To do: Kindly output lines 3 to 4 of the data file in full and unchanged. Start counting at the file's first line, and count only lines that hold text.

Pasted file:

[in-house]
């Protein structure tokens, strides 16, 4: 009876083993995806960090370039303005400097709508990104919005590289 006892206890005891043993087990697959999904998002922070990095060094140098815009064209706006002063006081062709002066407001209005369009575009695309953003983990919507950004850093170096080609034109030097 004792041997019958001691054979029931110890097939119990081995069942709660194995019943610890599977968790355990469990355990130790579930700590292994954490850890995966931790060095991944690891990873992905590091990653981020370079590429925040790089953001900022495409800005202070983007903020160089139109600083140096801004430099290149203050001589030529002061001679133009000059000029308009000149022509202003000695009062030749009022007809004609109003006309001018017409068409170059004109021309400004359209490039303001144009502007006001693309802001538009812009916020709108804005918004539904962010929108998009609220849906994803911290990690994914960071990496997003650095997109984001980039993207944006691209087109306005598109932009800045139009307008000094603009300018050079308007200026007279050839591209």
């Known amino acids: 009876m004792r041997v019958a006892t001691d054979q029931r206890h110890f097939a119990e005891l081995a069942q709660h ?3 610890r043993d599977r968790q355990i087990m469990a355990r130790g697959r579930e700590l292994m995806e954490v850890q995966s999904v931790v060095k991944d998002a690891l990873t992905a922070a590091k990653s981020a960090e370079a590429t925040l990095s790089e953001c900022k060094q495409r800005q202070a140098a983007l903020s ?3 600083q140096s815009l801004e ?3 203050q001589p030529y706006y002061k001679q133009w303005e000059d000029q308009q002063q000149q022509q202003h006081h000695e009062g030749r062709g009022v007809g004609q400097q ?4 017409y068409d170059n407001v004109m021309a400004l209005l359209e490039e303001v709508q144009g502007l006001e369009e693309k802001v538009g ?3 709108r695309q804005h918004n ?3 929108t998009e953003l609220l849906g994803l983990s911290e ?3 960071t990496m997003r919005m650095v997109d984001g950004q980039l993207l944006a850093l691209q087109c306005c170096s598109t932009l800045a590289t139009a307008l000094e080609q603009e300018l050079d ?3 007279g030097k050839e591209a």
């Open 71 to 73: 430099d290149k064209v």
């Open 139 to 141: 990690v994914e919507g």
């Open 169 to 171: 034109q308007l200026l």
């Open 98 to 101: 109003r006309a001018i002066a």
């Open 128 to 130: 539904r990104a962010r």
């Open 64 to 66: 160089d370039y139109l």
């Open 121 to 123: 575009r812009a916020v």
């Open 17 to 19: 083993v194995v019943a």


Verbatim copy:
């Known amino acids: 009876m004792r041997v019958a006892t001691d054979q029931r206890h110890f097939a119990e005891l081995a069942q709660h ?3 610890r043993d599977r968790q355990i087990m469990a355990r130790g697959r579930e700590l292994m995806e954490v850890q995966s999904v931790v060095k991944d998002a690891l990873t992905a922070a590091k990653s981020a960090e370079a590429t925040l990095s790089e953001c900022k060094q495409r800005q202070a140098a983007l903020s ?3 600083q140096s815009l801004e ?3 203050q001589p030529y706006y002061k001679q133009w303005e000059d000029q308009q002063q000149q022509q202003h006081h000695e009062g030749r062709g009022v007809g004609q400097q ?4 017409y068409d170059n407001v004109m021309a400004l209005l359209e490039e303001v709508q144009g502007l006001e369009e693309k802001v538009g ?3 709108r695309q804005h918004n ?3 929108t998009e953003l609220l849906g994803l983990s911290e ?3 960071t990496m997003r919005m650095v997109d984001g950004q980039l993207l944006a850093l691209q087109c306005c170096s598109t932009l800045a590289t139009a307008l000094e080609q603009e300018l050079d ?3 007279g030097k050839e591209a």
């Open 71 to 73: 430099d290149k064209v």